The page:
Very disturbing is the ending. If you know the story, you know the ending. Just how true this was to the real life story it is based on is really irrelevant. I knew nothing about the story, but I know that film makers always take license to tell it the way they think it will play best, and so it's best to just experience the film as the film, independent of the real story, which, like all real stories, can never be totally told.
Obviously this is not for the kiddies and comes as close to an "X" rating as any "R" movie you'll ever see. It will
make most viewers uncomfortable, but it is the kind of story that needs to be told."
Not Masquerading and Not about sexual orientation
Rainn MacPhail | US | 03/05/2000
(5 out of 5 stars)
"This is an excellent film, however the subject is heart wrenching. The film isn't about a girl masquerading as a man or about a confused lesbian. These terms have unfortunately been equated with the film and are inaccurate. Brandon was an FTM, a transgendered person/transexual who was pre-op. The film does deal with Brandon's affirmation of his (yes--editors-HIS)true SELF (read Jung). Chloe Sevigny portrays a young woman who is able to see beyond the physical and into Brandon's true SELF. Unfortuately, 2 disturbed men, who have many issues in themselves, in their limited vision and supposed masculinity are challenged by Brandon's transgenderness. They project their own insecurities out on Brandon--brutally raping and murdering Brandon, a young mother, and an African American (not shown in the film). Warning: this film is emotionally upsetting and demonstrates the issue of violence on many levels--all folks can relate. In many respects, this film ranks on the levels of Schlinder's List and Platoon. Please make sure you see the film with someone so you can talk afterwords. Trust me, I conducted a panel after a showing of the film for an audience of 40-50 individuals. Let the pain in and feel it. It's the only way you can truly understand the film.It's too bad that Kimberly Peirce was not nominated for an Academy Award for her direction. The film is EXCELLENT!"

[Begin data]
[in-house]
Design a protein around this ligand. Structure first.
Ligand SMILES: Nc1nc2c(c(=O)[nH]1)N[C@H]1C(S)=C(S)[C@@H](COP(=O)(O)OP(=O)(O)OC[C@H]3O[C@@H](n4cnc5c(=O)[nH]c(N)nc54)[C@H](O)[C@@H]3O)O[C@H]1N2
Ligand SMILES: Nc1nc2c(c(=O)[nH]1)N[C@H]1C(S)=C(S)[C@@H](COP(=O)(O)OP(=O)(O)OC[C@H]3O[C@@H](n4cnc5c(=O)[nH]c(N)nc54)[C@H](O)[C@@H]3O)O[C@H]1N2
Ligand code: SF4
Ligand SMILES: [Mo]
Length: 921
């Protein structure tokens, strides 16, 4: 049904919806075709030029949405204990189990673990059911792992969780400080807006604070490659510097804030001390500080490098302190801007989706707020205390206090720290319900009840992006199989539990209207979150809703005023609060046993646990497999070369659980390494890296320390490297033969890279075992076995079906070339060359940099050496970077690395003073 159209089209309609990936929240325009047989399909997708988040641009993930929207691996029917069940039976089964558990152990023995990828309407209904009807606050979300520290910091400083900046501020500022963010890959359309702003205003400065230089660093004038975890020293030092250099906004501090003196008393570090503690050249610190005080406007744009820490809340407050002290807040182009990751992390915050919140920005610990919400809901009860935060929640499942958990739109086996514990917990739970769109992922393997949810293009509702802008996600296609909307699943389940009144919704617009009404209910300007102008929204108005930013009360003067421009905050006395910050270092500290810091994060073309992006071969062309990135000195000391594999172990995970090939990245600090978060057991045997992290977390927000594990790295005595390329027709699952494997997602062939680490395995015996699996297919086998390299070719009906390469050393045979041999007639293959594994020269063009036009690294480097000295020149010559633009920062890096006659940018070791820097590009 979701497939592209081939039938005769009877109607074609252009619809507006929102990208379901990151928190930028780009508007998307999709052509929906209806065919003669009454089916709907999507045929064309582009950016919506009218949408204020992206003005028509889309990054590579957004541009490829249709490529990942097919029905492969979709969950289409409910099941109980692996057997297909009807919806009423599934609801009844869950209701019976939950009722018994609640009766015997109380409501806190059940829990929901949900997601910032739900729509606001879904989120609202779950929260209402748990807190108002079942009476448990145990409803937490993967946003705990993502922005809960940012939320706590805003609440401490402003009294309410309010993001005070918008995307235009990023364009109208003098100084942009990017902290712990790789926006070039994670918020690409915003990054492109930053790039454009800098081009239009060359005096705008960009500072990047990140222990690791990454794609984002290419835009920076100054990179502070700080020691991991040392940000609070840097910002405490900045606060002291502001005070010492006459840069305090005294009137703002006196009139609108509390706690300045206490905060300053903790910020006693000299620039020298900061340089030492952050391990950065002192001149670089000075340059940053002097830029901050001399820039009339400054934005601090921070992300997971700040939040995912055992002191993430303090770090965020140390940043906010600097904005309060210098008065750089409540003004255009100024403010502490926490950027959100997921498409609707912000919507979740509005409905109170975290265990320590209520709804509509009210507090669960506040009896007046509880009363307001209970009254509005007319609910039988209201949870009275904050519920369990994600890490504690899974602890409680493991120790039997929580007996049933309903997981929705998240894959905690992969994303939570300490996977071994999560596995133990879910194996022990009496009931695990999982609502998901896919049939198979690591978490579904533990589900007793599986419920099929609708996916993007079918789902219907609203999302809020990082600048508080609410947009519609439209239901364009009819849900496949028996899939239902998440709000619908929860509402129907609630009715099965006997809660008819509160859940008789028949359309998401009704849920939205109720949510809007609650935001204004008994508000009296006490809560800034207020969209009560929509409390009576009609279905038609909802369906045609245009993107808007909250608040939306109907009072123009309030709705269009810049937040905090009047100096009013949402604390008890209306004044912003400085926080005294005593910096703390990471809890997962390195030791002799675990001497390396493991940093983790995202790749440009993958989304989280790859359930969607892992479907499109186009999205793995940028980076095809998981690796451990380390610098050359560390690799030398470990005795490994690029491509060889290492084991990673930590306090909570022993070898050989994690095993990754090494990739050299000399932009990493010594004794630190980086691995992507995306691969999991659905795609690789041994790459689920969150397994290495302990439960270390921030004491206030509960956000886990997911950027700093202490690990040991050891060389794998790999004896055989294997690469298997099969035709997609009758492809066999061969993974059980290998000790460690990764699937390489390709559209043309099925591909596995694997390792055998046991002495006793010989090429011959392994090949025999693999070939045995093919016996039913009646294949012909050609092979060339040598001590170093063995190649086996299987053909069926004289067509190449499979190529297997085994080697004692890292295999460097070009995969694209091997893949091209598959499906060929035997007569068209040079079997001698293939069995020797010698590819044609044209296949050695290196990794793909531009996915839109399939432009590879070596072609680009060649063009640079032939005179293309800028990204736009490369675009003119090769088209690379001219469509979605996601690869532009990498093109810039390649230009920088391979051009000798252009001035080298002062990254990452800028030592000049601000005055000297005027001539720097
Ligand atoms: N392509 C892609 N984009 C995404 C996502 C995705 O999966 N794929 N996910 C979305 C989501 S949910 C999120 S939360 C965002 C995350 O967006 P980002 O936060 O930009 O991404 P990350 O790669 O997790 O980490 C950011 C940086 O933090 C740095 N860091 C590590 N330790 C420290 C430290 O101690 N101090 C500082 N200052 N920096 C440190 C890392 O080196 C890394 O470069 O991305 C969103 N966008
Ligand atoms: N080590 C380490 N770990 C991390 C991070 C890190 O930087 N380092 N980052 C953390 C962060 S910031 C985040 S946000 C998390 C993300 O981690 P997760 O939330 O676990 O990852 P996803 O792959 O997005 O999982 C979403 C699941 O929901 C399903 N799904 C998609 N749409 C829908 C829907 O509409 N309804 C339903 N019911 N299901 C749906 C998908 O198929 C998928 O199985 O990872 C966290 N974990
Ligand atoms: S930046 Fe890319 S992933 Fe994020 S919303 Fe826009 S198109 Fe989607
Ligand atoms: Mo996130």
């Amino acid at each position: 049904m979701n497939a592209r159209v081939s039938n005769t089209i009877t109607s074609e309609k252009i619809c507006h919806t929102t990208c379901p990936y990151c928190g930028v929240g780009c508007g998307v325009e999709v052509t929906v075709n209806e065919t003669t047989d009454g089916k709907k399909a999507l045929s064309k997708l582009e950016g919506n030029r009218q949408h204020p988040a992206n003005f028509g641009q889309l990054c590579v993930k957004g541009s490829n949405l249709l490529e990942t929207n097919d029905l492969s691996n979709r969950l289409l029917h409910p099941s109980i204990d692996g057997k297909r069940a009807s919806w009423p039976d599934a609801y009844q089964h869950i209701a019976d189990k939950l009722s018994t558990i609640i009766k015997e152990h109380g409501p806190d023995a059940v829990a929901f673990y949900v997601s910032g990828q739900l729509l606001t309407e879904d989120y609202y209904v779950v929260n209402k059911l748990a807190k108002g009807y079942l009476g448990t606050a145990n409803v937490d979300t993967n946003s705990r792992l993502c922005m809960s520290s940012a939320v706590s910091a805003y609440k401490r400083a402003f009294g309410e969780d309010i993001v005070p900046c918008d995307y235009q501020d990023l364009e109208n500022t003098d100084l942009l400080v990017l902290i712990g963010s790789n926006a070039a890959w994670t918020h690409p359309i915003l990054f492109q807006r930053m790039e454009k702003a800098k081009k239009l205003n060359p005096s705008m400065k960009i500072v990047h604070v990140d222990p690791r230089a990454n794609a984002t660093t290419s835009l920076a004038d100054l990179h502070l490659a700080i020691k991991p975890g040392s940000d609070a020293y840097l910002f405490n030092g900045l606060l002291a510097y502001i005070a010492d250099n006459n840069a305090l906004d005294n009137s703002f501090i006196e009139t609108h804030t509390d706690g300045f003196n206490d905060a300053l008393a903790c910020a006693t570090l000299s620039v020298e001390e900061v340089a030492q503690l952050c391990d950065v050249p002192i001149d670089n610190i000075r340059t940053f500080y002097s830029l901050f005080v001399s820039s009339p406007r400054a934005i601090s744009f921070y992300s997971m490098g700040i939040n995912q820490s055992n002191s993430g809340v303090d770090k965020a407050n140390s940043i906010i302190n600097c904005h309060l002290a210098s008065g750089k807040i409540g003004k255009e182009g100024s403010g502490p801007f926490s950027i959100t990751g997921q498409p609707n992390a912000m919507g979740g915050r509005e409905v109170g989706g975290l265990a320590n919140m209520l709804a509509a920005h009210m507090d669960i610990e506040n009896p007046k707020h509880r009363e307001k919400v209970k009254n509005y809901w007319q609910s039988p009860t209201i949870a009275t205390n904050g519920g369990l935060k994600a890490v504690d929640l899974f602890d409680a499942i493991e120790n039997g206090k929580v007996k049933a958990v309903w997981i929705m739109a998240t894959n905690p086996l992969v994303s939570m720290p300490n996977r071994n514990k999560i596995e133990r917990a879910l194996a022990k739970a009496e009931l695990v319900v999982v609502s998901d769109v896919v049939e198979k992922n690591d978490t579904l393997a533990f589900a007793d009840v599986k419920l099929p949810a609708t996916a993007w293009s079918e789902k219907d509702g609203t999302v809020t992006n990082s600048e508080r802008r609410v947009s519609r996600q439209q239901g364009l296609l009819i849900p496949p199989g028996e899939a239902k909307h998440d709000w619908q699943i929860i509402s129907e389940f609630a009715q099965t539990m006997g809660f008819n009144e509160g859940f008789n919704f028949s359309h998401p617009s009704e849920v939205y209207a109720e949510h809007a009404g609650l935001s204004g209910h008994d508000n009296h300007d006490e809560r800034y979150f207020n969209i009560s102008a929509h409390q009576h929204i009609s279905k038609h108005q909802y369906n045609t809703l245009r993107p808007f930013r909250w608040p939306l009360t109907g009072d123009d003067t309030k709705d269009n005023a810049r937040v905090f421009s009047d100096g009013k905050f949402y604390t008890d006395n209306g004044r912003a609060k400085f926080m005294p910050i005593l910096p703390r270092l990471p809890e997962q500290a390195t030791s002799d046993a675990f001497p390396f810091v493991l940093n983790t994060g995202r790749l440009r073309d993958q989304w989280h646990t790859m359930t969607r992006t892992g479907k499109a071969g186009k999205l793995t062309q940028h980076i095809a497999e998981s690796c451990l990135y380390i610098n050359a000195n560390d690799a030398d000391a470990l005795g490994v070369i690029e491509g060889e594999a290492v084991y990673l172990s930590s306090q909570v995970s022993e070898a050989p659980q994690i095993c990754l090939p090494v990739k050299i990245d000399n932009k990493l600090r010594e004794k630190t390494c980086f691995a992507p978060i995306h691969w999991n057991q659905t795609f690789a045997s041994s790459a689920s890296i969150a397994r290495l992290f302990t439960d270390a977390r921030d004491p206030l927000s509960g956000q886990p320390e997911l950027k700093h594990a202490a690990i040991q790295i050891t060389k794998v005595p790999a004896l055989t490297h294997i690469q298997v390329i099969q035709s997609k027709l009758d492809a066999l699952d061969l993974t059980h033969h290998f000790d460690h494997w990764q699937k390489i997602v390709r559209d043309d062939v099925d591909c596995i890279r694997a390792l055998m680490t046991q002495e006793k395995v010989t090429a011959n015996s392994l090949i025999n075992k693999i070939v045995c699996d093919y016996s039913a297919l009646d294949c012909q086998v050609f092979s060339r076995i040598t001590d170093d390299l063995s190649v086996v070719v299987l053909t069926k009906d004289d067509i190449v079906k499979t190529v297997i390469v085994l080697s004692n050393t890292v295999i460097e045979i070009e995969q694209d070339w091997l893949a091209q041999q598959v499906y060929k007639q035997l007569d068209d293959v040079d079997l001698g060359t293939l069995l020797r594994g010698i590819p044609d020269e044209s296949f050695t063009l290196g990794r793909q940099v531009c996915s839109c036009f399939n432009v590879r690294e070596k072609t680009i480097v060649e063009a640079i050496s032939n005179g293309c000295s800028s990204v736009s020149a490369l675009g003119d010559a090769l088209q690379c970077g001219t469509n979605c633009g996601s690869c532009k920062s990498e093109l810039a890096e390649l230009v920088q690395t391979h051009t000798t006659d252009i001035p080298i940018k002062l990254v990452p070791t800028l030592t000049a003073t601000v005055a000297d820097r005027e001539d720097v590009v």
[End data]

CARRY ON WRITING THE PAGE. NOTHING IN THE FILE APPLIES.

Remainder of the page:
Courageous, Intense, Devastating
Michael Crowley | Arizona | 03/28/2000
(5 out of 5 stars)
"Congratulations to the filmmakers and financiers of this bold film, and also to the Academy for giving it prominence. "Boys Don't Cry" succeeds as a portrait not only of a sexual identity crisis but simply as a portrait of one woman's compassion (Chloe Sevigny) for another human being--it succeeds where "My Own Private Idaho" failed because "Boys" is an aesthetically cohesive work of art. Director Kimberly Pierce is astonishly gifted. Her attention to detail, composition, and her ability to use locations and static objects as metaphors for what is transpiring in the minds and lives her her characters is remarkable. The editing is also another noteworthy feature (although the use of flashbacks in Act III is unnecessary and detracts from one of the film's most powerful scenes).Although Hilary Swank is undeniably amazing, it is the character played by Chloe Sevingny that gives this film its emotional resonance. Her role is not a supporting role but a lead role--in fact she is technically the protagonist (undergoes classic character change)and has nearly as much screen time as Swank. Sevingny's performance is absolutely brilliant.One warning: I walked into this film unaware of how disturbing it would be and was blindsided. This is a gritty, no holds barred film about a sensitive subject.Although I doubt this was Kimberly Pierce's primary intent, the film also stands as a powerful argument in favor of hate crime legislation. There is an emotional plea for tolerance at the core of this movie, and people on the political fence may find that this film moves them in the direction of conceding that hate crimes comprise a separate category."